Right now, HM works 14 days at a time. 3 days for the government, 1.5 days for insurance and 401K , and 5.5 days for the house payment. We only get to really live on 30% of his earnings. There's little I can do about the government or insurance parts but we can free ourselves from servitude to JP Morgan Chase. We can build something on a smaller, more human scale and similarly reduce our contribution to the borough's tax account. We can spend less to heat a smaller home, have fewer electrical gee-gaws to power, be free of neighborhood covenants restricting chickens, live closer to friends and church, and let boys and dogs romp freely with other boys and dogs. We can say 'yes' to things like trips outside, musical instruments, visits to Kodiak, h2Oasis, and museum memberships. A few years of hassle, hard work, and sacrifice will buy us 20+ years of freedom and limitless peace of mind - not to mention a retirement where my go-to cookbook isn't "101 Ways with Alpo".

Wednesday, October 6, 2010

My Friend Went to BlogHer Food and All I Got Was Some Floury Hair....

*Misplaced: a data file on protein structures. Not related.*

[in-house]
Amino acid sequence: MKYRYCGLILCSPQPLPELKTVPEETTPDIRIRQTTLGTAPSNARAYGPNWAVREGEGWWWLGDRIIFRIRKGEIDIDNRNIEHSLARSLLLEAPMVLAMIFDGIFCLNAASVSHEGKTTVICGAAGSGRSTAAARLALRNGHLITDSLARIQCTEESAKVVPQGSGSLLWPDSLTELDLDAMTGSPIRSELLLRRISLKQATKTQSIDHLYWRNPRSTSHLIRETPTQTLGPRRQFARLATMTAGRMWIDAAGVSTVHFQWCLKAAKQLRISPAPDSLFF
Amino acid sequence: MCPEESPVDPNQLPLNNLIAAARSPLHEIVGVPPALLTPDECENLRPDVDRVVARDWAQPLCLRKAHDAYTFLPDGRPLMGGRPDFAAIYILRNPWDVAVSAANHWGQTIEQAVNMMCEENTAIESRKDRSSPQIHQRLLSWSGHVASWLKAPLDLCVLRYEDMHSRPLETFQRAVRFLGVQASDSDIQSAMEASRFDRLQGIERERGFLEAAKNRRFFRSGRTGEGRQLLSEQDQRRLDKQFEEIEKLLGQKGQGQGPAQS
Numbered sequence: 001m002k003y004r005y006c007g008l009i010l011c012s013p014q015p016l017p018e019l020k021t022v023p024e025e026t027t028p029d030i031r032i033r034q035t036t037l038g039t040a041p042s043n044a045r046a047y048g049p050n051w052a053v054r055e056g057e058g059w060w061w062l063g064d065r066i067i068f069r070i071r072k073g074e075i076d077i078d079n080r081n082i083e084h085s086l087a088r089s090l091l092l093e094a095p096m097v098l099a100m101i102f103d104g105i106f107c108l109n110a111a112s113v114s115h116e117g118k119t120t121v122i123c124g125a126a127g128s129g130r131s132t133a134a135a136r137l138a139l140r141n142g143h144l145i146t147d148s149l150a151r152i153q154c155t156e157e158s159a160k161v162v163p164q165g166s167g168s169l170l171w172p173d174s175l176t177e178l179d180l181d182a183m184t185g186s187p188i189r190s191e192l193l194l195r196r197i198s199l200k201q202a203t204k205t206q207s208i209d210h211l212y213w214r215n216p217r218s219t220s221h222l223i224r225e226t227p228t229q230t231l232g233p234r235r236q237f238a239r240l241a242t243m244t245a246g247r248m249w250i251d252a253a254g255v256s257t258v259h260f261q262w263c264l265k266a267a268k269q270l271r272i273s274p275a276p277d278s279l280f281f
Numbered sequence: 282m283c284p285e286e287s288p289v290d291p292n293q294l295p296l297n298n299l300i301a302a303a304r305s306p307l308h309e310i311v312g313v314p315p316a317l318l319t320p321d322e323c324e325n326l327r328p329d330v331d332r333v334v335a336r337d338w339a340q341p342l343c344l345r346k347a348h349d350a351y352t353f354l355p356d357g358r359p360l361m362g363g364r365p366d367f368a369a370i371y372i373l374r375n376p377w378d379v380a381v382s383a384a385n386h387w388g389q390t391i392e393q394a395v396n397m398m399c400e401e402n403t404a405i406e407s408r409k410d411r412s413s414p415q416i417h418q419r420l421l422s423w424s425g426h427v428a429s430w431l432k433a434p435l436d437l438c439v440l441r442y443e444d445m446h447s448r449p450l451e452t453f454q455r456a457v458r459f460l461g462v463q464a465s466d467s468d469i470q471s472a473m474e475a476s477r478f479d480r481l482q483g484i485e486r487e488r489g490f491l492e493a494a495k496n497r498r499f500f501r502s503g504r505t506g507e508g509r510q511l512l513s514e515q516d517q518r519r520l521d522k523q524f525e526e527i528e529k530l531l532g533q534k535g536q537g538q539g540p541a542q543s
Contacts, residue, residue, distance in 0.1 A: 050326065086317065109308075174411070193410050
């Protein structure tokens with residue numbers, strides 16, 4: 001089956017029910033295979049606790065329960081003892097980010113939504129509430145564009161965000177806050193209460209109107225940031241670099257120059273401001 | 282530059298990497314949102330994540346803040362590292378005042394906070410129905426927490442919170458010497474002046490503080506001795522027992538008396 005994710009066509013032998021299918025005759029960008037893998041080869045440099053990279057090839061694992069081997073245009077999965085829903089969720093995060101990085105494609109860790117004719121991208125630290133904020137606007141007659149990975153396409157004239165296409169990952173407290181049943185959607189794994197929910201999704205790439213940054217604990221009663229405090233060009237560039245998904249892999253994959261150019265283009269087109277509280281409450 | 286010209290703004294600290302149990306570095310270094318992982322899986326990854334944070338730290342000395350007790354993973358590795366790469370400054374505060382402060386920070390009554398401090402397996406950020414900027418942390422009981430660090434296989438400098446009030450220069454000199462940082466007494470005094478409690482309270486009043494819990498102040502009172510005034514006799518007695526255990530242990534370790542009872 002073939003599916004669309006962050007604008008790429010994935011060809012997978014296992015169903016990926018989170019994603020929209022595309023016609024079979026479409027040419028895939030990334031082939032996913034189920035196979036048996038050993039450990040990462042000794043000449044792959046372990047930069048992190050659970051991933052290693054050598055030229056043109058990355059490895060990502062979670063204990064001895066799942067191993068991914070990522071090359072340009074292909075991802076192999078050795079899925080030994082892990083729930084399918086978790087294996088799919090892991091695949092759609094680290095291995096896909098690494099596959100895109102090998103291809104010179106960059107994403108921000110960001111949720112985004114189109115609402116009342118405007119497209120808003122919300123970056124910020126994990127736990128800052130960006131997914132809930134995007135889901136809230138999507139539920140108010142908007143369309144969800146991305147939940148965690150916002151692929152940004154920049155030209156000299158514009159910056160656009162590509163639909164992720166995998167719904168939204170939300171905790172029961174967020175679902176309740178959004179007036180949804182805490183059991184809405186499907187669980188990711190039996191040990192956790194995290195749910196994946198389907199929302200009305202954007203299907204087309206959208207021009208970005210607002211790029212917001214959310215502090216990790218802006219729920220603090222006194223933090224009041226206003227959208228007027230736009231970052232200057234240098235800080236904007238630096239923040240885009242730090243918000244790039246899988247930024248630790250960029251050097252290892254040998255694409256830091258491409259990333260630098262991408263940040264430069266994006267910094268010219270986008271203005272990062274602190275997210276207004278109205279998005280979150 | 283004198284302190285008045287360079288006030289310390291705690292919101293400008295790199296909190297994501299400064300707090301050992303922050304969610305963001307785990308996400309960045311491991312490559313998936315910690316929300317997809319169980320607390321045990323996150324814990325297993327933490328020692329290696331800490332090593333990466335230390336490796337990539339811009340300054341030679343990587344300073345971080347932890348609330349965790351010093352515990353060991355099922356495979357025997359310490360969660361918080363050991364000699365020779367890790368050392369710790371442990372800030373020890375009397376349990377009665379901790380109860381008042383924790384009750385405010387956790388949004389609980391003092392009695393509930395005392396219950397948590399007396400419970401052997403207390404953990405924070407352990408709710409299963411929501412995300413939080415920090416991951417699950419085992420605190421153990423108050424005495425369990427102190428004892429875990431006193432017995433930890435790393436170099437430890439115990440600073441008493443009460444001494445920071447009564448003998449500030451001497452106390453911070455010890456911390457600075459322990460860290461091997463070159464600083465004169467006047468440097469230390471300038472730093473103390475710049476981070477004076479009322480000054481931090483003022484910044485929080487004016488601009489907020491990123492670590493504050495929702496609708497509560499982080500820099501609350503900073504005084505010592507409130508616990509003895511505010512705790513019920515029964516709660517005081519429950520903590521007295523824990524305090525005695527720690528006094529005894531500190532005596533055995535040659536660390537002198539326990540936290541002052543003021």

I'm not even making this up. Last night as I was about to walk out the door to pick up said friend, T2 started hollering about how we had no peanut butter and how he hates that nasty healthy other butter (almond- little weirdo). I was certain that I had a stash of peanut so I went into the pantry to look for it. And there it was! On the top shelf, behind something else and mostly being hidden/squashed by the self reproducing 5lb/18 cf bag of dried apples*.

So I- being the tallest person in my house- reach up to get the kid his peanut butter. In doing so, I bump another container to the right which sends a plastic canister containing 5 lbs of flour crashing down on my head. We all know the lid didn't hold..... So then I  had to vacuum up the flour and then I had to go take a shower and wash all the flour out of my hair. Twice because the minute it got wet, it turned into paste. Makes me think those no-grains people may have something of a point.

Once out the door, 15 minutes late, wet hair, socks that don't match, I zoomed over and picked her up in my awesome new retro ride and then we jetted into Anchorage for 'old lady painting'. No, I am not painting old ladies as either subject or canvas. I went to learn rosemaling, an art now practiced pretty much entirely by little old ladies. I was told to come empty handed and Laura tagged along for a ride to the airport after. I'd been to the place once before but I'd had children and a GPS with me and come in from another direction. Finding it was a touch spotty this time since I had no GPS and the road was closed & a giant backhoe sitting in front of the building.